The simplest answer is by far easier said than done: Just quit. "I keep saying when I get 200,000 gamerscore, I'm going to retire," Kristen says. "There are people who do that. I say it now, but I don't think you can ever actually quit. It's like a drug. It is addicting."

And she uses that word often enough that I figure I should bring up the subject. Carefully. I would never say video game addiction isn't real, knowing that real people do indeed battle it. I also believe it's a topic given to alarmism. And I'm not a psychiatrist, so it's not my place to go diagnosing other people's behaviour. But I ask Kristen anyway. Maybe, has she ever considered talking to someone about her gaming?

"I wouldn't say I need to talk to someone," Kristen says after considering the question for a long moment. "I'm not hurting someone by doing this. My family life is not being hurt. Granted, it's like an addiction, but I'm not hurting anyone. Well, I'm getting little sleep sometimes, but that's on me.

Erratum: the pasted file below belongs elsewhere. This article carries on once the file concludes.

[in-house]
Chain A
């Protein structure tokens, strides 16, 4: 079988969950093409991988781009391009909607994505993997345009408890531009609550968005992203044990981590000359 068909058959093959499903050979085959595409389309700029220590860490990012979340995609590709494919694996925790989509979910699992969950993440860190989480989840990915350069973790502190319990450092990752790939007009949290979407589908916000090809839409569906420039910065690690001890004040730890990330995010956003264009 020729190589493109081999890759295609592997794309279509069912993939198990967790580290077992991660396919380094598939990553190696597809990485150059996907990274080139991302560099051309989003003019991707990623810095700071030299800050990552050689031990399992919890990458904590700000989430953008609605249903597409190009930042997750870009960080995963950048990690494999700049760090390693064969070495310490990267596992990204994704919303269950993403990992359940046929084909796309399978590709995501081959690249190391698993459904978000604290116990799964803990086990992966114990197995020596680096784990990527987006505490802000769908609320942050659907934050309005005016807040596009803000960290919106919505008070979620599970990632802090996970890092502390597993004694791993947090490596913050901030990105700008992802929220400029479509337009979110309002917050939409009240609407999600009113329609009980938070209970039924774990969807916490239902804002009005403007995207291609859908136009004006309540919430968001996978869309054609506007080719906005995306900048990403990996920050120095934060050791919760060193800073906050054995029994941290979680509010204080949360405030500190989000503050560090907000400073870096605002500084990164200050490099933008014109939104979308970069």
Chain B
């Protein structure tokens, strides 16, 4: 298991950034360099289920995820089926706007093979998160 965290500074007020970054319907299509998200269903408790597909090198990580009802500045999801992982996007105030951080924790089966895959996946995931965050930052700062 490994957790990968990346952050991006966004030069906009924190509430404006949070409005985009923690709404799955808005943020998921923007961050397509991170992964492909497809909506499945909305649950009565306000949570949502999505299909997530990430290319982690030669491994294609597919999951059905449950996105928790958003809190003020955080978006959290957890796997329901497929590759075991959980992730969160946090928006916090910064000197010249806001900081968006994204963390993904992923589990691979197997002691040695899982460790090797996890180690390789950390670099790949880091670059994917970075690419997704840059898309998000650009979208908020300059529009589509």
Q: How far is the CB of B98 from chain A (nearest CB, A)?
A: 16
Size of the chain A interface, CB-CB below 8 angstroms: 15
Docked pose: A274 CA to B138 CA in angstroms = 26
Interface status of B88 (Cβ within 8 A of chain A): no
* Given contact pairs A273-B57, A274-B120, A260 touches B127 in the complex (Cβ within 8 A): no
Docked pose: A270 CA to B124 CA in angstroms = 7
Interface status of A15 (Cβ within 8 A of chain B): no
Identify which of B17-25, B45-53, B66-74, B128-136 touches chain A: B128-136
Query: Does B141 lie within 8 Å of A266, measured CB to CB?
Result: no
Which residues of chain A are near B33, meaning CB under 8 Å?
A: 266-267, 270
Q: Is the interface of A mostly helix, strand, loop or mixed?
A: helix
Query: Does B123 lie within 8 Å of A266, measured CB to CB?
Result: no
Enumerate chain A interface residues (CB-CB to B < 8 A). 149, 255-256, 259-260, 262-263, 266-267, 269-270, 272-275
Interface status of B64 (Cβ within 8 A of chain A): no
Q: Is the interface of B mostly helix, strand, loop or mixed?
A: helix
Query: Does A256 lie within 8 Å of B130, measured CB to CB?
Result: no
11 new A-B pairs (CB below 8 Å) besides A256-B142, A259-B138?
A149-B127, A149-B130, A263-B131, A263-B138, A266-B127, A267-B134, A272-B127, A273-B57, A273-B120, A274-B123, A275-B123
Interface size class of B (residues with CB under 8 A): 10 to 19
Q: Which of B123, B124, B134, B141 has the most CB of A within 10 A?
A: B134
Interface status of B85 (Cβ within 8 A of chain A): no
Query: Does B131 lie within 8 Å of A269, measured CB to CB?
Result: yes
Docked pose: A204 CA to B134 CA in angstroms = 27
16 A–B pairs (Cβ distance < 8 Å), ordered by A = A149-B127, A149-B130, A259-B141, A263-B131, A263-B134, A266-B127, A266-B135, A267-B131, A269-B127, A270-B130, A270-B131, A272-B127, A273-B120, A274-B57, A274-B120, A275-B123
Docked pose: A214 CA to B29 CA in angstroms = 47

"Besides, I saw where someone had gone to be treated at a rehab centre for video games, and it was something like $US30,000 a year, and I thought, 'Do you know how many Xboxes and games I could buy with this?'" she says, without a trace of irony. "I don't think so."

When Kristen is most at ease with her gamerscore is when it describes how she's good at something. How she's figured out a way to beat the system; or how she's actually put in the time to get the "General" achievement in Call of Duty 3 - getting 40,000 points in ranked matches - to collect a rare 100+ gamerscore achievement.

"It's very much a personal pride thing, being ranked in the top five in the world in something, whether it's gaming or the fact I'm a female gamer," Kristen says. "I'm never going to be in the Olympics, so I'll be a great gamer. It's something I know I'm good at."

But I hope when she breaks 200,000 she can put the controller down. She spent the first three years of her adulthood being a mum. I suggest to Kristen that, maybe, she's spent the last three in front of a console, trying to get some of that lost time back.